'Chinese New Year always means spring rolls. Grace loves them. I brought some so she could share her favourite food with her friends.'
My mum stood in my classroom with a tray. She had volunteered to talk about Chinese New Year to my primary class and had practised that line the night before with my dad as an encouraging audience. My friends snickered and made no move to take the spring rolls my mum had got up so early to make that morning. The only interest they had in Chinese culture was about the pandas who had recently been introduced to Edinburgh Zoo. Still, her smile remained bright as she beckoned me: 'Why don't you get yours first Grace?' Except she used my Chinese name '长诗' (Changshi). I cringed and my face went red with shame.
'Changy? What's that?'
'Did her mum just call her Ching Chong?'
'I bet those spring rolls have dog in them.'
'I bet they eat the pandas too.'
And just like that, Chinese terrified me.
As a child, I often felt ashamed of my parents' accented English and foreign mannerisms. At school events I would beg my parents not to come: people would realise how different I was – as if it wasn't already obvious. My language was something foreign. Something different. Something other than English.
Nowadays, English is everywhere, and everywhere, English dominates. From humble beginnings on the edge of an insignificant European archipelago, it grew to a vast size of impressive influence. For the 350 million people who speak it as their first language, a billion more know it as a secondary tongue. No other language has been used by so many or controlled a greater portion of the globe. It is aspirational: the golden ticket to the worlds of education and international recognition, a parent's dream and a student's nightmare. It is inescapable: the language of global business, the internet, diplomacy, science, stellar navigation, pop music, technology. And everywhere it ventures, it leaves behind a trail of destruction: cultures crushed, literatures mangled, languages forgotten.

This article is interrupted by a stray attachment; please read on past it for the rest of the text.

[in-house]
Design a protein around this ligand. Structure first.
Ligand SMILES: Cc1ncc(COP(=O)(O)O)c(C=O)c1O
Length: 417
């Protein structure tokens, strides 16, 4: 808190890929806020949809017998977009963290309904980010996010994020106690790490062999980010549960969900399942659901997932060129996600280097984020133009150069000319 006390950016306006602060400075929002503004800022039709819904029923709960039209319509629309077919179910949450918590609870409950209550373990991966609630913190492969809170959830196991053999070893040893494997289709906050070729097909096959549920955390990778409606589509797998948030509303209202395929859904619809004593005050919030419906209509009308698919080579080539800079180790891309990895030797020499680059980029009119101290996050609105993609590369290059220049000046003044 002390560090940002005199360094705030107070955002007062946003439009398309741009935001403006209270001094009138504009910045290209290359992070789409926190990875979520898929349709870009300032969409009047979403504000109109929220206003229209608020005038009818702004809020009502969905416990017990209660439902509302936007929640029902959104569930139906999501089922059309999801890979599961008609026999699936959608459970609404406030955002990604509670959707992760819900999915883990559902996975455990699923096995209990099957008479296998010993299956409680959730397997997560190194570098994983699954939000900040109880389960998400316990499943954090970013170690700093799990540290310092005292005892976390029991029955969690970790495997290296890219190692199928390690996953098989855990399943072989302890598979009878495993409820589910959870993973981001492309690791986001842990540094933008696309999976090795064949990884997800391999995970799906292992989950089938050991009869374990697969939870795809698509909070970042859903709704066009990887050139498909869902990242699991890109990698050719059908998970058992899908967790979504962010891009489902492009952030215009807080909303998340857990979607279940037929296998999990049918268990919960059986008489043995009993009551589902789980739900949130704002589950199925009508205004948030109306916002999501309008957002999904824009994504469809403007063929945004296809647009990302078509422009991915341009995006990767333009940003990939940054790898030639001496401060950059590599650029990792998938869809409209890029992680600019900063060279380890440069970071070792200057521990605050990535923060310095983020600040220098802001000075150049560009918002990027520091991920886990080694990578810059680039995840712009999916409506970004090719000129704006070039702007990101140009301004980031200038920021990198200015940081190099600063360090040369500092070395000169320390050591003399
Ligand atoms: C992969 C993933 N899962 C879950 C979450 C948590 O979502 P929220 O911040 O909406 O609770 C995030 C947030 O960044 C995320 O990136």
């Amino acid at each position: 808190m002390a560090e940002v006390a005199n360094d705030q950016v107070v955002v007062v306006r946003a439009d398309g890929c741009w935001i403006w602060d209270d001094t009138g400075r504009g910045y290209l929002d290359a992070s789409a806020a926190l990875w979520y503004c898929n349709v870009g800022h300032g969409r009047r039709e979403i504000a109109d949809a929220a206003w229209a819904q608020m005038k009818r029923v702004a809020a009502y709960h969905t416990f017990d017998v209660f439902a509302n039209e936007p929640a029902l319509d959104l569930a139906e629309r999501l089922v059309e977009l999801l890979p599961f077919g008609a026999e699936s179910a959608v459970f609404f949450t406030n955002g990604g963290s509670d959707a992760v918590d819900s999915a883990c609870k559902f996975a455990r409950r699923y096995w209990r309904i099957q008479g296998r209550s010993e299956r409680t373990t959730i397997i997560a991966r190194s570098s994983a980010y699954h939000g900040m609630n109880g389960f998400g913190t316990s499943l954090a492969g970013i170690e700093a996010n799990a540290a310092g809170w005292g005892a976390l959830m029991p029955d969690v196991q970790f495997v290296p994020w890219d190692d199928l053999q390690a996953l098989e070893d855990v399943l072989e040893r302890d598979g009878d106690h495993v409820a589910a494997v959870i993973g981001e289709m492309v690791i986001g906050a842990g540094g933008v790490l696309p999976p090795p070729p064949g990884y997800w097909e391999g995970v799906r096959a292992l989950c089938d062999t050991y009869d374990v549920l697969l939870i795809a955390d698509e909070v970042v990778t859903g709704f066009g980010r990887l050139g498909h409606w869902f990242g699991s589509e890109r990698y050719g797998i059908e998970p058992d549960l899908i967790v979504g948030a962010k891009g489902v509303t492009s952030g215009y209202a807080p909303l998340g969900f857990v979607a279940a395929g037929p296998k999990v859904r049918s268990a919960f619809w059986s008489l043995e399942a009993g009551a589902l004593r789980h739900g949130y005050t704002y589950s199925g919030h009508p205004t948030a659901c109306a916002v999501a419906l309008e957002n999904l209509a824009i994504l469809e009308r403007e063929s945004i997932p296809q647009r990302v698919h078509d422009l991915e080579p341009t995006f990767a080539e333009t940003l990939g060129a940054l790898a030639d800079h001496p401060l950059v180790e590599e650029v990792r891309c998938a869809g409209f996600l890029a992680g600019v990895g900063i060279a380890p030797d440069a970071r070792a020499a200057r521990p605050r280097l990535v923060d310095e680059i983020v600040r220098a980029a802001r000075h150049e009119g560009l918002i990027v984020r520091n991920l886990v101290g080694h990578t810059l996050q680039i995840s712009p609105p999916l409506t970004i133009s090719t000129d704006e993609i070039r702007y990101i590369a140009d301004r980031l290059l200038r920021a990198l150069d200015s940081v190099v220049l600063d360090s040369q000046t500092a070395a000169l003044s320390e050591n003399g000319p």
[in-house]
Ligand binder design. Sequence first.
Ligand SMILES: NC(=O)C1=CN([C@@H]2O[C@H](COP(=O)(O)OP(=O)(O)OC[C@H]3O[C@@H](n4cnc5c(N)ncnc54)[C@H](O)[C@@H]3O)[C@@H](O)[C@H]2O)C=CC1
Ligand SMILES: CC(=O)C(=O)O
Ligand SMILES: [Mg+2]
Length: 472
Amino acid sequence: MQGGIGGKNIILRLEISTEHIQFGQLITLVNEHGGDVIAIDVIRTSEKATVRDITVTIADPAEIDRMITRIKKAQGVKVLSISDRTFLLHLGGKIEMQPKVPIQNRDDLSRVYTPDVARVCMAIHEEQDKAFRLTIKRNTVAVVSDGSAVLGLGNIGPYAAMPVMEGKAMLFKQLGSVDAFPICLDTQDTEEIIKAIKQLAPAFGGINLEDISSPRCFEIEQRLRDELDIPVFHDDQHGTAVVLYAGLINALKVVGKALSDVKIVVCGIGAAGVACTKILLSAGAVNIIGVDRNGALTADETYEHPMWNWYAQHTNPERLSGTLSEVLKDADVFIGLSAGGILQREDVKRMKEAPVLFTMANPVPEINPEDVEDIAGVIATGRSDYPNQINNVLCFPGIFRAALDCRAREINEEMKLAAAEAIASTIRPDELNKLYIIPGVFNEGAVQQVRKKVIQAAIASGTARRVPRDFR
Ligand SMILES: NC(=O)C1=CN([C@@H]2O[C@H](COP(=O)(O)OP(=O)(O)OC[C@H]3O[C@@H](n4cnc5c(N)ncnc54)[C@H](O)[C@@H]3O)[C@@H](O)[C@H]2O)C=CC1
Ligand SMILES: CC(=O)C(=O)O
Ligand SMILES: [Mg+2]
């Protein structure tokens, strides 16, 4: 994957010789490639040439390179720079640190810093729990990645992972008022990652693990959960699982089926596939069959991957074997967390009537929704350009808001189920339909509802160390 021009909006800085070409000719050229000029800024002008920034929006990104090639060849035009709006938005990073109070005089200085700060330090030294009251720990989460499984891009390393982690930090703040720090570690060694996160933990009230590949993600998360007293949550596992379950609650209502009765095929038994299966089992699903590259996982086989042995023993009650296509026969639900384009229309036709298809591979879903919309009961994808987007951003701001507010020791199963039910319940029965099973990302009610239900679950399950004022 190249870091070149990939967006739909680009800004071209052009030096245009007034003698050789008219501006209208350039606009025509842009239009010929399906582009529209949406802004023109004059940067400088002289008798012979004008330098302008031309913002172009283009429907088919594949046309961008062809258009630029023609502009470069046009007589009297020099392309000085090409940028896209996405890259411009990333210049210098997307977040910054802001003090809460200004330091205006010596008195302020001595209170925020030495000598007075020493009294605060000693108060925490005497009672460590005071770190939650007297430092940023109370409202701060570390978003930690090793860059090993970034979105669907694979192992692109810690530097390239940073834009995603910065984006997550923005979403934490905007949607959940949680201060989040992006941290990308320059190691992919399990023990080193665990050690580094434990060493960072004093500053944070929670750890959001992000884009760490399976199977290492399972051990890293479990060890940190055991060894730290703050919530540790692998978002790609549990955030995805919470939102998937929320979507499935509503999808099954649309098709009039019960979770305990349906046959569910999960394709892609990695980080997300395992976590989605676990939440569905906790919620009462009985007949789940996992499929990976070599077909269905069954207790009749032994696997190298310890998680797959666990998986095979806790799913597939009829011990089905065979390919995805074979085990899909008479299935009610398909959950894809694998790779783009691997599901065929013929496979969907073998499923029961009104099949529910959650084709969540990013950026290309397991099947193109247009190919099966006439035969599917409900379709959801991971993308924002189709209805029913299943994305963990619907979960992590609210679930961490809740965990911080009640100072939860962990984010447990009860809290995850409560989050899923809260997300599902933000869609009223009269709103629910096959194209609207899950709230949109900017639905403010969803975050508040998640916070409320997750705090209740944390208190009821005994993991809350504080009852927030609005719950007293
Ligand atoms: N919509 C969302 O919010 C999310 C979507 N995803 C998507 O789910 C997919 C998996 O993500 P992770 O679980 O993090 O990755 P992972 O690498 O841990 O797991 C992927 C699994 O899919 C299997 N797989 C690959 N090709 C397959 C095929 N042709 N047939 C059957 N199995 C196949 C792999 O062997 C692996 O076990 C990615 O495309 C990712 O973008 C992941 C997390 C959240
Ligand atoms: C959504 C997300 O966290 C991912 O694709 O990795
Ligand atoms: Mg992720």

We are in a fragile time of change with roughly 40% of the world's languages endangered, often with fewer than 1,000 speakers remaining. Meanwhile, just 23 languages account for more than half the world's population. While the globalisation of English undoubtably has its benefits, we must be careful not to get caught up in the arrogance of our supremacy. This undisputed reign has been at the cost of the lives of other languages. In a linguistic context, language death equates to the lack of speakers of a language.
The year 2010 saw the death of Boa Senior, the last living speaker of Aka-Bo, a tribal language native to the Andaman Islands. With her, she took a 65,000-year link to one of the world's oldest cultures. Boa Senior survived the 2004 tsunami, the Japanese occupation of 1942 and the barbaric policies of British colonisers.
Narayan Choudhary, a linguist at Jawaharlal Nehru University, said: 'To me, Boa Senior epitomised a totality of humanity in all its hues and with a richness that is not to be found anywhere else'. Her death is not merely the death of a language but the loss of culture, identity and diversity. And a language dies every two weeks.